Peter gave a really informative talk on this subject at the recent “Woody Plant Conference” at the Scott Arboretum, Swarthmore College. His book sold out before I could purchase a copy at the conference.

  2. Matt says:

    Maybe your self-conscious is telling you not to remember these plants, because they’re atrocious weeds that don’t deserve your knowledge?

  3. anne says:

    Has a book like this for the Pacific Northwest been published? I would love it.

  4. Doug Green says:

    Go read some material (if you can) :-) on “brain plasticity”. When you spend time on the computer, you rewire your brain from a text-based process to a graphic based process. Makes reading something complicated a ton harder but you’ll remember the pictures better. The entire brain study area is fascinating and great strides are being taken (like training brain injured or blind people to “see” with their tongue or hands). You’ve run into a small example of this -it has huge implications for learning (not to mention the entire publishing industry) If you stopped working on the computer and went back to reading, your brain would rewire itself again to a text-based dominance.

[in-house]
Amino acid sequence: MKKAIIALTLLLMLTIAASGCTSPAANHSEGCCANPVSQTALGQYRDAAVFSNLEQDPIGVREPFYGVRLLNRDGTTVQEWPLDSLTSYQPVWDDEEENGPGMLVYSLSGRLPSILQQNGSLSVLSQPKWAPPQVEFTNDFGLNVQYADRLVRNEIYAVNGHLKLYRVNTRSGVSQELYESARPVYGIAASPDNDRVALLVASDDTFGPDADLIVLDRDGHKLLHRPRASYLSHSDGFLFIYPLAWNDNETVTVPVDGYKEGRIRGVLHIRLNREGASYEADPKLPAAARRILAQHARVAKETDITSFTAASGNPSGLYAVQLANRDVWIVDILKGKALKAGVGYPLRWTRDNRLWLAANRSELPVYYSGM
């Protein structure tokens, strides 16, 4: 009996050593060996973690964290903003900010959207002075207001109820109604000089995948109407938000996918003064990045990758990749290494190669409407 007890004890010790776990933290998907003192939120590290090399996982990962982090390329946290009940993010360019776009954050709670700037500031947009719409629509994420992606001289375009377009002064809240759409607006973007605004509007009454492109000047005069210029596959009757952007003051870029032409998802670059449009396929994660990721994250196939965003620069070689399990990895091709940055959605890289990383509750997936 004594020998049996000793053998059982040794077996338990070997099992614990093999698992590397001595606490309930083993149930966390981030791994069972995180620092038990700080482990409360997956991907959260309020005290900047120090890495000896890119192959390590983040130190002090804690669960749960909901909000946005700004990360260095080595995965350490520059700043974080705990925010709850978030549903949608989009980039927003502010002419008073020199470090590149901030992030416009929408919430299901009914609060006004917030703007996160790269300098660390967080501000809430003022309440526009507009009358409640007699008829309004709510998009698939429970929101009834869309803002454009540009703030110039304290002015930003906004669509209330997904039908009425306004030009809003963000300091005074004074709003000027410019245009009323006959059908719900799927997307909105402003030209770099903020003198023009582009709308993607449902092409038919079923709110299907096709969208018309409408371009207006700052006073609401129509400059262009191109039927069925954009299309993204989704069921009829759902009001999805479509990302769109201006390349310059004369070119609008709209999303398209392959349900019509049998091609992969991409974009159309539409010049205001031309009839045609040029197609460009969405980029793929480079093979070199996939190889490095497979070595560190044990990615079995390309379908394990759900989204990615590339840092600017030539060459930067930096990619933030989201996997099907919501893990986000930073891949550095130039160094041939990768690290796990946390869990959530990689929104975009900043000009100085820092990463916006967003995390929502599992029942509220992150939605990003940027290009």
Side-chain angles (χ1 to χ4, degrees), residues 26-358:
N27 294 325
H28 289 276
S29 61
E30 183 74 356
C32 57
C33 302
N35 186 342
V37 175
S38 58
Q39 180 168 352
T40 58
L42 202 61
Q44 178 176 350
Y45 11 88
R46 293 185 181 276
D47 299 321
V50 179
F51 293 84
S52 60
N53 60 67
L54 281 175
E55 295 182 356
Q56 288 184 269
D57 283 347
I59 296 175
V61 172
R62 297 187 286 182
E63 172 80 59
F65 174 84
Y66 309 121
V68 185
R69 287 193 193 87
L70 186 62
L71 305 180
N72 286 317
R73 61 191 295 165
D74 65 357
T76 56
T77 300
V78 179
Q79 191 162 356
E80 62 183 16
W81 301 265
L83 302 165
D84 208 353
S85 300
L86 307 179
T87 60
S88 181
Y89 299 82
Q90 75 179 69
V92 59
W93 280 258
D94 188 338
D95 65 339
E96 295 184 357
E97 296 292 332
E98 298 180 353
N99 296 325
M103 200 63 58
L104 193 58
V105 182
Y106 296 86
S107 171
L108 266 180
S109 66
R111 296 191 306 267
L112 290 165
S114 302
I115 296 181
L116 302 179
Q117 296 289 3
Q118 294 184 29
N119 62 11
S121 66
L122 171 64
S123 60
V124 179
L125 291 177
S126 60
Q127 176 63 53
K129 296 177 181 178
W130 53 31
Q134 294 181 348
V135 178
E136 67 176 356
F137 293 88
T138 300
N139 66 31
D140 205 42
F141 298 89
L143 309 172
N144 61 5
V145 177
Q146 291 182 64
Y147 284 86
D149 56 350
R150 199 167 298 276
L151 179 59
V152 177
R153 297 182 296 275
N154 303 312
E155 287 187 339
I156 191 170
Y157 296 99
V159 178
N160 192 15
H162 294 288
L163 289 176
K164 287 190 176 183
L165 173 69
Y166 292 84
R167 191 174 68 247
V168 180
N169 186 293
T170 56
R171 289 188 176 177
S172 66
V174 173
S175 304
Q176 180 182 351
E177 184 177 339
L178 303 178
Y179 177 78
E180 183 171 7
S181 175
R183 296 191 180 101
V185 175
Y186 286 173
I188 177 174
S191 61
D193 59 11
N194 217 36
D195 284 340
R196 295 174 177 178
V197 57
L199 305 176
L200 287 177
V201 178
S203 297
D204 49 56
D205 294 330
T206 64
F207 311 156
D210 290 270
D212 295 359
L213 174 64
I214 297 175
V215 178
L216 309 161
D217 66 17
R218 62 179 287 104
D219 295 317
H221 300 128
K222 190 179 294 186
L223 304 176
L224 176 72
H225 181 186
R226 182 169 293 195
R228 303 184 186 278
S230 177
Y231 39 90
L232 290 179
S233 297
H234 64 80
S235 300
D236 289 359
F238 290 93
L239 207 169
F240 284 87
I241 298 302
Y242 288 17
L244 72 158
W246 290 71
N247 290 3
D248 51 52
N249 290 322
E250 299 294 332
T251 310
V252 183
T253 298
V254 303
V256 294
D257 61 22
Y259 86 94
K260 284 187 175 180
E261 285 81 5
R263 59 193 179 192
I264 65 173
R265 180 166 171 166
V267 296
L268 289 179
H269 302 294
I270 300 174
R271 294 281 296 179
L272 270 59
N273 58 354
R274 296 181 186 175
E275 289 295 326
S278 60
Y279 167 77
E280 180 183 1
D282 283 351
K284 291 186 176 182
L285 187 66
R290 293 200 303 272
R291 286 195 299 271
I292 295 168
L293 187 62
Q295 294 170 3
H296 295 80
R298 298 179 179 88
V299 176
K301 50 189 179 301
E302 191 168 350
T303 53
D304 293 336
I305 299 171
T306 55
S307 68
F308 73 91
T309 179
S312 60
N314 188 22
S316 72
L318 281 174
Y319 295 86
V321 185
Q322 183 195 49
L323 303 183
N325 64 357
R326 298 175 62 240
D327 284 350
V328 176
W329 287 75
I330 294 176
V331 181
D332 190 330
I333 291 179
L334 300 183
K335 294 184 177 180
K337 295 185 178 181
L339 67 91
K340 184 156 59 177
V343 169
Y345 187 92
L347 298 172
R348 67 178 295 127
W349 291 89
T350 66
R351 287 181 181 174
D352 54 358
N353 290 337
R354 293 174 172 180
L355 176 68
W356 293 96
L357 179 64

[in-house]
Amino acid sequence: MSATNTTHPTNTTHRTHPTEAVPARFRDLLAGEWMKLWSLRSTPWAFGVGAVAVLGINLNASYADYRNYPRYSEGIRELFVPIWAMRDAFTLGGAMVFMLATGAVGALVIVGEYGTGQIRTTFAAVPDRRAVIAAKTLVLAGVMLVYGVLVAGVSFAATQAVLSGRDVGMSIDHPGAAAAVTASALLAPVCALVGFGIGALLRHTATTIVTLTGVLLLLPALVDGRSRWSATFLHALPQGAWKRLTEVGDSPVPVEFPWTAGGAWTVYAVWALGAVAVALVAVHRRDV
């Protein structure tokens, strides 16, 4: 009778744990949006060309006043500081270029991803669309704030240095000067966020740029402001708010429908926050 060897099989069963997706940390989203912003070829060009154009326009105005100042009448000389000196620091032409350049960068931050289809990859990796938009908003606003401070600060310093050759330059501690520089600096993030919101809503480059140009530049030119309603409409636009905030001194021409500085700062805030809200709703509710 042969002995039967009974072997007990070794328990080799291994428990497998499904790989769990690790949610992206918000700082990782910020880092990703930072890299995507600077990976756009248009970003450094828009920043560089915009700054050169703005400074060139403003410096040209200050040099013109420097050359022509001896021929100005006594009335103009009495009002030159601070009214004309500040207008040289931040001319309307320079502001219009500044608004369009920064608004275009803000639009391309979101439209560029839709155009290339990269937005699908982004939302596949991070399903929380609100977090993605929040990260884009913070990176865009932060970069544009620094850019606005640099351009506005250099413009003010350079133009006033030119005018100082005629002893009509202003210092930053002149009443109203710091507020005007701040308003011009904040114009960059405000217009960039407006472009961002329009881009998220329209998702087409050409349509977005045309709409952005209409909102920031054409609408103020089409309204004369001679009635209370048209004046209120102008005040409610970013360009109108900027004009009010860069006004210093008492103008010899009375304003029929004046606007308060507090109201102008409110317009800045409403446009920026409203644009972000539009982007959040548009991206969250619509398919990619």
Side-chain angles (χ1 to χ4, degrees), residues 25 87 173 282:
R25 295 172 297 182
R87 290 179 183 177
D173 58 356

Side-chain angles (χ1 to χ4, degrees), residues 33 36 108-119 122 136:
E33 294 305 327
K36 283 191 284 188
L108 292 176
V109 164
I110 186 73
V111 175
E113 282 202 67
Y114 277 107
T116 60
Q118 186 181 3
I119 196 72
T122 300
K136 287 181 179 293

5. tropaeolum says:

    Count yourself lucky, Michele. I’m 27 and have had this problem for years. It helps me if I see the plant and the name at the same time in person–for some reason photos don’t help that much. Also, talking with another person about the plant helps cement the info, too. (Maybe that’s why lecture format in college sometimes works.)

  6. anne says:

    I generally have to see a plant in person in it’s context, and then go look it up in a picture, in order to ID it. I find that if I study pictures first and then go look for the plant, I often pick out the wrong details for identification. Also, if I were planning a book or site for plant identification, I’d have 2 photos for each plant: one close-up for details, and one of the plant in it’s context with an object next to it to show it’s size.

  7. Sally in SC says:

    This memory loss is what we call the “bucket theory.” Your bucket is full to the brim. Childhood memories are safely sitting at the bottom, but any new info just splashes off the top because it’s full! One way to help remember plant IDs is to actually purchase the plant :) This is why my yard looks like a horticultural explosion and it’s my excuse for buying yet more… but the names stick even if voles eat half the stuff.

  8. Pam J. says: